A pair of agency-directed memos signed Tuesday by President Donald Trump could force completion of the controversial Dakota Access pipeline in North Dakota as well as breathe new life into the Canadian-based Keystone XL pipeline.

Trump’s memo did not grant a drilling easement for the $3.8 billion Dakota Access project to cross U.S. Army Corps of Engineers land on the Missouri River/Lake Oahe but directs the agency to expedite review with the idea that prior reviews already satisfy federal law.

Congressman Kevin Cramer said he believes the memo will force the agency to rescind the decision it made last week to begin a full-blown environmental impact statement on the crossing and issue an easement in short order.

Cramer said he made contact Tuesday with federal law enforcement agencies, including the CIA and the U.S. Marshal service, in anticipation of pushback from hundreds of pipeline protesters camped near the water crossing just north of the Standing Rock Sioux Reservation when construction resumes.

“I think we can expect some form of (police) relief. I believe the greater the force, the more of a deterrent to bad behavior, rather than have unnecessary violence,” Cramer said. 

“All the work’s been done for this easement, and I think it will be a very short matter of time, days or possibly weeks, and the easement will be issued,” Cramer said. 

The memo’s reference to “prior reviews” refers to the corps’ initial environmental assessment, when the agency approved the pipeline crossing in July, stopping short of issuing an actual easement.

The easement has been withheld because of objections from the Standing Rock Sioux Tribe, which is suing the corps in federal court for failure to properly consult on a project that could contaminate the reservation’s water and impact sacred historic sites.

“It’s a big day,” Cramer said. “But this will only be over when the easement is granted and the pipe is connected.”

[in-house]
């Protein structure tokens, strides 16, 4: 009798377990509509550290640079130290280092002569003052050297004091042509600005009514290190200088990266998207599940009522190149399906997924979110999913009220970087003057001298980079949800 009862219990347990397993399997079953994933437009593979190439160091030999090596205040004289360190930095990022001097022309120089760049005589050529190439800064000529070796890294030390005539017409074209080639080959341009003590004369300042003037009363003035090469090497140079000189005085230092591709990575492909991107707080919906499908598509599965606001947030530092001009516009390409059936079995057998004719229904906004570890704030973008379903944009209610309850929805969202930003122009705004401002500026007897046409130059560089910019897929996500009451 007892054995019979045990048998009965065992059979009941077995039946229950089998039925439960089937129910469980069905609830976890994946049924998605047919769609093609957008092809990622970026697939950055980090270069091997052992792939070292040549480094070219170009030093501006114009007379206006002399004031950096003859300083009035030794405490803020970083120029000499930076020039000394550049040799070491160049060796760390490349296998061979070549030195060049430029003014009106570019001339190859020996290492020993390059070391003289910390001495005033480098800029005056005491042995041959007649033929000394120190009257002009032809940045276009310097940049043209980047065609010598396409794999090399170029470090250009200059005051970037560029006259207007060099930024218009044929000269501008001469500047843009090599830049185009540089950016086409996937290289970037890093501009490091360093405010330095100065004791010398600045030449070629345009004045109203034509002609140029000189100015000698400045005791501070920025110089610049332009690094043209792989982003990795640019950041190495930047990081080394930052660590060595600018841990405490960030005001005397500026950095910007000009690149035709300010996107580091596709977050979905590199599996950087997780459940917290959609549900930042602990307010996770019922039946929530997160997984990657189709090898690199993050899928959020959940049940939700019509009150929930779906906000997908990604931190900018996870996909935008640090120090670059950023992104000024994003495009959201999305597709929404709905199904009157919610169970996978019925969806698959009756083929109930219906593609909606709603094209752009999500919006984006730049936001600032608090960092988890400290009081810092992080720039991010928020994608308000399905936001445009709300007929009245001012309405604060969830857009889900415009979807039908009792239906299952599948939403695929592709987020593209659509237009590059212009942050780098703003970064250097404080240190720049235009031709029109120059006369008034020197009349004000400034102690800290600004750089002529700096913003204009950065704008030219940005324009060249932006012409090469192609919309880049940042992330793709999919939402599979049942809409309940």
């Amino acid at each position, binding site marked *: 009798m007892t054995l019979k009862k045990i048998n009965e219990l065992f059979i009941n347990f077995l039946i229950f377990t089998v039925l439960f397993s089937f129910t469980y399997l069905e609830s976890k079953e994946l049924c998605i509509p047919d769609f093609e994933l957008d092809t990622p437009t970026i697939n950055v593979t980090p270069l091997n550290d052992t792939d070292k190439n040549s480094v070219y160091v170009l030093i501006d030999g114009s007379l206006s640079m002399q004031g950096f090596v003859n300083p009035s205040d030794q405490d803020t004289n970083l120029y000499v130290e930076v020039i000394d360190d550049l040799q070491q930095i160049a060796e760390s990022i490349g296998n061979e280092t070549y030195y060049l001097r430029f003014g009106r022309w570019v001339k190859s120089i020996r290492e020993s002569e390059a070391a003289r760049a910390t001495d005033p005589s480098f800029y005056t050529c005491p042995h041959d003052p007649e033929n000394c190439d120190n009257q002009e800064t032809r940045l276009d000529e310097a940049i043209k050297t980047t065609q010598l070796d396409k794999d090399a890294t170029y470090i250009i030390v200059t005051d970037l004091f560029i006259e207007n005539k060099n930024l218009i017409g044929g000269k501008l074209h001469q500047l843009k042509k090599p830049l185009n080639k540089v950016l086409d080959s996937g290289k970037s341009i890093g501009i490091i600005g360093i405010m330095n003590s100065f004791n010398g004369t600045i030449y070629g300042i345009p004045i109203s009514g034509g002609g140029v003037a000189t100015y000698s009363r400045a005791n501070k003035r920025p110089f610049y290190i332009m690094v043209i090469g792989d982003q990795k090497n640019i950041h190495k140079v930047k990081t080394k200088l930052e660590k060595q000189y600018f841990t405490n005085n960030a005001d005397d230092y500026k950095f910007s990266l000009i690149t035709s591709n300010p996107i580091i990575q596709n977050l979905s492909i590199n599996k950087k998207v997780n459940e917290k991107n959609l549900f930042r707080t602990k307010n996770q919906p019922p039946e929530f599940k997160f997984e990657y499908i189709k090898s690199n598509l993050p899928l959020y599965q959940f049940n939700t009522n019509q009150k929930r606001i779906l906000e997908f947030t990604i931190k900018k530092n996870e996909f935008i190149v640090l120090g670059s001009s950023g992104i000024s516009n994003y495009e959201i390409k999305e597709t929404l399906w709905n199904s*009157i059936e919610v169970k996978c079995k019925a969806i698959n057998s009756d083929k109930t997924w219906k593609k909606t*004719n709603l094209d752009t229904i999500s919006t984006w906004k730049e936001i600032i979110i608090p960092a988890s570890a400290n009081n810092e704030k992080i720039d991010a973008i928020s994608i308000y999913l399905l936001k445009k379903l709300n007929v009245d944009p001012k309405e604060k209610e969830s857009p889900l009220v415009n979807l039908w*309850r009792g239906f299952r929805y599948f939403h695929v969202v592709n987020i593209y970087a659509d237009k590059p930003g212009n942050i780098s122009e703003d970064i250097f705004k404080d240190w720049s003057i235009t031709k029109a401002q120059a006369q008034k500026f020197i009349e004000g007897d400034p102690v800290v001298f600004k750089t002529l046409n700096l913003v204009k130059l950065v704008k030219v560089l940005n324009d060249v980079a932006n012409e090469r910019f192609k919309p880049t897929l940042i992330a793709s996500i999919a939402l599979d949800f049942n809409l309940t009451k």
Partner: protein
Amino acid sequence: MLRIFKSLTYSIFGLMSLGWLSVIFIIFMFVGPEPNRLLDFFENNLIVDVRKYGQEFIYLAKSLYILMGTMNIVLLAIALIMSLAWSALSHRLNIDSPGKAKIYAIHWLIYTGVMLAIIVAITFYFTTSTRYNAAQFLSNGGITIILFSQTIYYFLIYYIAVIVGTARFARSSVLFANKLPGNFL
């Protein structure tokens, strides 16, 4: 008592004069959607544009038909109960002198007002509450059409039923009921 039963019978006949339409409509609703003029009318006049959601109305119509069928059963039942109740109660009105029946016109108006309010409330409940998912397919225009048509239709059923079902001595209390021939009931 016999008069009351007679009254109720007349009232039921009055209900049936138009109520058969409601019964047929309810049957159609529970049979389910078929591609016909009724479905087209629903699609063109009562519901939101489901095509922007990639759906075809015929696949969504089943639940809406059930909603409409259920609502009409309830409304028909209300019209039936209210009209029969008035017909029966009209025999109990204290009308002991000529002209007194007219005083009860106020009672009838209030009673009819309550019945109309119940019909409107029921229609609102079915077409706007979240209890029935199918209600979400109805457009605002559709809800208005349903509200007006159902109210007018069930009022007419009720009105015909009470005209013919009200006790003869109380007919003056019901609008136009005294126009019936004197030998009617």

One pipeline expert said he wishes the memo were a direct order to approve the easement. However, Brigham McCown, former DOT senior executive and administrator of the Pipeline and Hazardous Materials Safety Administration under President George W. Bush, said it clearly signals Trump’s intention to move the pipeline forward.

McCown said an EIS will likely never be started for the Dakota Access Pipeline.

“I suspect somebody’s going to have to say, `We’ve reaffirmed the initial environmental assessment, we made the right decision, here are the permits, do your thing,’” McCown said.

When that happens, the federal court suit between the Standing Rock Sioux Tribe and the corps will be moot, he said.

The corps referred any questions to the White House.

McCown said he hopes the administration moves quickly to provide the easement from fear further delay will only escalate matters at protest camps.

“I’m concerned about the people and the flooding,” he said.

The potential for a flood where hundreds of Dakota Access protesters remain encamped in the Cannonball River floodplain is a concern for Sen. Heidi Heitkamp, D-N.D. Heitkamp said she hopes Trump’s memo ends long delays for the pipeline, amid concerns for the safety of everyone from law enforcement, to nearby residents, to protesters. She said the Trump administration needs to reimburse the state for protest enforcement costs.

Sen. John Hoeven, R-N.D., an advocate for the TransCanada Keystone XL pipeline, applauded Trump’s memo to the Secretaries of State, Army and Interior inviting TransCanada to reapply for a presidential permit to cross the U.S.-Canadian border with its tar-sand oil pipeline project. Obama refused a border permit.

“Getting the XL pipeline back on track signals that our nation will begin to build the kind of energy infrastructure we need now and into the future," Hoeven said.

The pipeline route clips a tiny bit of far southwestern North Dakota, but does have uptake capacity for 100,000 barrels of Bakken crude.

McCown said he thinks the current low price of oil will be a factor in whether TransCanada takes Trump up on his offer.

Others also reacted positively, including Gov. Doug Burgum, the state Democratic party and the North Dakota Petroleum Council.

“After months of politically driven and costly delays by the Obama administration, President Trump has moved this important infrastructure project one step closer to completion,” Burgum said.

“This pipeline underwent an exhaustive review process and was twice upheld by federal courts. We ask that the Trump administration provide federal law enforcement resources to assist in upholding the law and protecting people and property rights as the project moves toward completion under Lake Oahe," he said.

House minority leader Corey Mock, D-Grand Forks, said it’s time to resolve the pipeline issue.

“All parties should heed the calls of (Tribal Chairman David Archambault II), the Standing Rock Sioux council and our governor for the remaining protesters to leave the camp before the potentially dangerous flood seasons begins,” Mock said.

Climate change activists, including Vermont Sen. Bernie Sanders, a Democrat and presidential contender, said he’ll fight Trump all the way.

“I will do everything I can to stop these pipelines and protect our planet for future generations," Sanders said in a statement.

(Reach Lauren Donovan at 701-220-5511 or lauren@westriv.com.)

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